I wanted to write about this relationship because not only have a learned a great deal from my supervisee, I also have learned how much I actually know about the field of counseling, including theories, techniques and supervision models. My model of supervision is clearly an education type. She wants to learn from me and I want to teach her, but I also want her to grow and learn by way of experience.
Our first session I began to see how much of a “sponge” my supervisee was, she had so many questions and was hanging on to every word I said and took copious notes. I said to her a lot will depend on the individual client, what works for one client may not work for all clients with that same diagnosis. She seemed to understand that. To her the DSM-IV-TR was her bible, she had difficulty diagnosing so we would go through each criteria whether the client exhibited this symptom or not. I had to stress to my supervisee that the initial diagnosis is provisional, as she gets to know the client better she may need to change her diagnosis, this seemed a difficult task to understand by my supervisee. But it was important for her to grasp this concept.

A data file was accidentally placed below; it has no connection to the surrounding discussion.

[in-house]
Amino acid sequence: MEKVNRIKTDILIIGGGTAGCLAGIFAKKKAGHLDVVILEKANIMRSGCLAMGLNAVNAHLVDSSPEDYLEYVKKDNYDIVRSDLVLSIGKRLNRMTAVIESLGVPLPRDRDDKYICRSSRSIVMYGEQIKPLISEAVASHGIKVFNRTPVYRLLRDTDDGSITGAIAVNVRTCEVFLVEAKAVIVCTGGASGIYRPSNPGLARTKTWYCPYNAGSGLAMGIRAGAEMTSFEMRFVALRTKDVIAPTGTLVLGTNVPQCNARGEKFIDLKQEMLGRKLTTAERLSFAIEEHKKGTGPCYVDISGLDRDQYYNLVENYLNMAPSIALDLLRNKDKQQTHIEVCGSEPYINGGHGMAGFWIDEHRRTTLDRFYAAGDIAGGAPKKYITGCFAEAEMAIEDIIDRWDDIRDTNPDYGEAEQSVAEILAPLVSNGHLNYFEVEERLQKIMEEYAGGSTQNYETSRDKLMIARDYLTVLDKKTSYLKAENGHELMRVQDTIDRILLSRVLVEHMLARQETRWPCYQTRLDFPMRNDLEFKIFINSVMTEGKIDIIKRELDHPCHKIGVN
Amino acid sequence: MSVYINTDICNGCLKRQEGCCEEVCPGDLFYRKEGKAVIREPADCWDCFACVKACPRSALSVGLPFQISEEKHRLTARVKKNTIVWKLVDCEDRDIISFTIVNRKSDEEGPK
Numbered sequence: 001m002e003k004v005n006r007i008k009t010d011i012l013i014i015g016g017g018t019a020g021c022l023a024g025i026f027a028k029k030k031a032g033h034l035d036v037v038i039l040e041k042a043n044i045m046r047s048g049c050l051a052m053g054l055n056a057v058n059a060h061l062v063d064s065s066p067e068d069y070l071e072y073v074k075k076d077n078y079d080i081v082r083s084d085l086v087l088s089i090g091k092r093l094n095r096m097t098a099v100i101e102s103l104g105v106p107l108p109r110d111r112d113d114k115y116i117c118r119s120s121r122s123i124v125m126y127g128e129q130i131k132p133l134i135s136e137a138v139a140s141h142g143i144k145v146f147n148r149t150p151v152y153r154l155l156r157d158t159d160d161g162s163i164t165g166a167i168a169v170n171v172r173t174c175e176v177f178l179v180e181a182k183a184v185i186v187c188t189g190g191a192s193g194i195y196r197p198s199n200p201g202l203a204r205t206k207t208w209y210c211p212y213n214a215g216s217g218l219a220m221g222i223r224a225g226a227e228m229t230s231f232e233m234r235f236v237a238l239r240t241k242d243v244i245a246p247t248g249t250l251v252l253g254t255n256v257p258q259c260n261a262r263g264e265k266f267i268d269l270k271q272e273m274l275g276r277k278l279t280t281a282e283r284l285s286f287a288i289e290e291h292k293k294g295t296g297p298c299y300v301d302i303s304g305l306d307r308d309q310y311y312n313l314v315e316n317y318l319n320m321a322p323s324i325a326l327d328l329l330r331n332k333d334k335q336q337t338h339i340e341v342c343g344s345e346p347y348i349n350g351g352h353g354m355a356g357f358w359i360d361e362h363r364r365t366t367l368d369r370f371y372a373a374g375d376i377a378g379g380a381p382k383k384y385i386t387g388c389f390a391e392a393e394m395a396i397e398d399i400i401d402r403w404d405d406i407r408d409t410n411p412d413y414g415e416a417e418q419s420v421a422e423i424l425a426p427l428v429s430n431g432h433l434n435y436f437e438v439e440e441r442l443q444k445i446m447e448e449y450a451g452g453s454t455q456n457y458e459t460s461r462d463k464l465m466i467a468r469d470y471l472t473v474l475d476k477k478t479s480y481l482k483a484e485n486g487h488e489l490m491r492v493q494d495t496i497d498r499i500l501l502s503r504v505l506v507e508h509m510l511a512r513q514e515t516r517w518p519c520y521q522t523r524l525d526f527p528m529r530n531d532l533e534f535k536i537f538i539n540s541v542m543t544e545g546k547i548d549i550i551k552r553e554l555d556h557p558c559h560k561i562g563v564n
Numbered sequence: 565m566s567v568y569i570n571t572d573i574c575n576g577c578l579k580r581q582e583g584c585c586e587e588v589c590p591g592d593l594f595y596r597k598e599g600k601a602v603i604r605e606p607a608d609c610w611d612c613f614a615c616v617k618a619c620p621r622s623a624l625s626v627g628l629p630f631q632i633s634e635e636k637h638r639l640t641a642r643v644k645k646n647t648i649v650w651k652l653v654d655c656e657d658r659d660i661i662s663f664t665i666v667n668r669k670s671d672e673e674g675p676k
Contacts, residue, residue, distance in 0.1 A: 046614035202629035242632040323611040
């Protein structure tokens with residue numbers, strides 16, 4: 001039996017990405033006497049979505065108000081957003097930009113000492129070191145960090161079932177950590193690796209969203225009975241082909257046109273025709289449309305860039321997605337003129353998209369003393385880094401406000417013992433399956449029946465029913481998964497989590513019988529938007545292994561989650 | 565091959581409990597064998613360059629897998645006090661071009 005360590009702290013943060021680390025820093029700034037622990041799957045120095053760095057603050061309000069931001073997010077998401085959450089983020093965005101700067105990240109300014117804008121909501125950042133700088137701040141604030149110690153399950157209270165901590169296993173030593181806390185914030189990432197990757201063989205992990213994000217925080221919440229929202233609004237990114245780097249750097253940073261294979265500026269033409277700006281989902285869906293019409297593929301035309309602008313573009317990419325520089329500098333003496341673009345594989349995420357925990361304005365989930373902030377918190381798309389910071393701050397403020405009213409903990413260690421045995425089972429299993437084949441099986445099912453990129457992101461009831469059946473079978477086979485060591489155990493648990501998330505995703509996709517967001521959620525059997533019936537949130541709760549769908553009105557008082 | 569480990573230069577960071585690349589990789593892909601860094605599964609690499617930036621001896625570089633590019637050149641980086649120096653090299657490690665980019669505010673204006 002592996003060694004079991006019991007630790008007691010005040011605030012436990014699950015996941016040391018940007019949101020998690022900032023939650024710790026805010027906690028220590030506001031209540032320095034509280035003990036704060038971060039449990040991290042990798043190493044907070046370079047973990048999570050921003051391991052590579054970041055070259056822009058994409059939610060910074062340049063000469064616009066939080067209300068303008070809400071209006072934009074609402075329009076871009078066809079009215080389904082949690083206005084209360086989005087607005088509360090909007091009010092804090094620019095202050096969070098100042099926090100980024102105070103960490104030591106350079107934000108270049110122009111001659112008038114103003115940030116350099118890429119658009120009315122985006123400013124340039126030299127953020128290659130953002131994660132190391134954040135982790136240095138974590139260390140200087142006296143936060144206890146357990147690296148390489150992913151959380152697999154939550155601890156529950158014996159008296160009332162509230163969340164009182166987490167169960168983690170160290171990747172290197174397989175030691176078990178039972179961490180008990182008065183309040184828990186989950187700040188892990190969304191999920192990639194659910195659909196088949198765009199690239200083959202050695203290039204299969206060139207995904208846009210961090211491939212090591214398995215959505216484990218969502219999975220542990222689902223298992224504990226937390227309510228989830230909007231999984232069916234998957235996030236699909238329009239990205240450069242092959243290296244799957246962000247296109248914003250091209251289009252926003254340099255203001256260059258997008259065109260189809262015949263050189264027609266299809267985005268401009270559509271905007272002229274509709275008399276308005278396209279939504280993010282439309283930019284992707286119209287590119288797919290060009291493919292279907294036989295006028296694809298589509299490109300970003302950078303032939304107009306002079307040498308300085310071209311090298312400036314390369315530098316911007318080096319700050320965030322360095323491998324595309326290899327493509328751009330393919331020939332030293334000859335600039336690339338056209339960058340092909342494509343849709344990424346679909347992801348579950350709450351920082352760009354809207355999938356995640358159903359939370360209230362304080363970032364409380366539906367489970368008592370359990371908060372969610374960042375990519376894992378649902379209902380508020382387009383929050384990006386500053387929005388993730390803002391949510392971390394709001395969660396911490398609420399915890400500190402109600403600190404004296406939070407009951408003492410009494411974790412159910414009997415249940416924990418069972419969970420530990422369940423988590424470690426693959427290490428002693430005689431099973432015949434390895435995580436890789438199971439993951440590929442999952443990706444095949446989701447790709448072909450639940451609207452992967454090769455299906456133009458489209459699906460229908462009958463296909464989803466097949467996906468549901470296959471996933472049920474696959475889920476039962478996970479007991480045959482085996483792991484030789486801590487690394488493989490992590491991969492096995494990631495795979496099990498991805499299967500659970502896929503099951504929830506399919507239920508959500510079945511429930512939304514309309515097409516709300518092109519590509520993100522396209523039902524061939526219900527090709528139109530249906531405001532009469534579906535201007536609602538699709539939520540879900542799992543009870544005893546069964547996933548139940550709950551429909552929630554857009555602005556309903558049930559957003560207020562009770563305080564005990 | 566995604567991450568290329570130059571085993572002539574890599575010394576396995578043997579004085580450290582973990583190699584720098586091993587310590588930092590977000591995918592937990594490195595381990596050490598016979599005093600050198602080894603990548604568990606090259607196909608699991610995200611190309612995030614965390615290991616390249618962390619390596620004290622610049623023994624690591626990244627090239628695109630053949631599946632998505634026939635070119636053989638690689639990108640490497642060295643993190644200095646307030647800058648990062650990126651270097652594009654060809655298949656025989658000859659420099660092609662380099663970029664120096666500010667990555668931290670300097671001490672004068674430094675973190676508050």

She challenged me to know techniques and treatment of specific diagnoses. We discussed the client and where they are in treatment and what may work for them at that point in treatment, I challenged my supervisee to come up with a treatment plan. Something that with practice and time she will learn to develop. We felt comfortable with the plans that were created and again I encouraged her to develop the treatment plan with the client. Have the client have investment into their own treatment.
I realized what a supervisor/supervisee relationship is like and I felt confident in what I had taught her and feel she will be able to excel as a supervisee and a PCC. I am blessed to have this opportunity and hopefully soon I will have my PCC-S. I am working with a PCC-S who is supervising my supervision of my supervisee and it is a strong relationship.
Kimberly Beck is a counselor and a doctoral candidate with a special interest in Self-injury. Other interests are PTSD, trauma, and Borderline personality disorder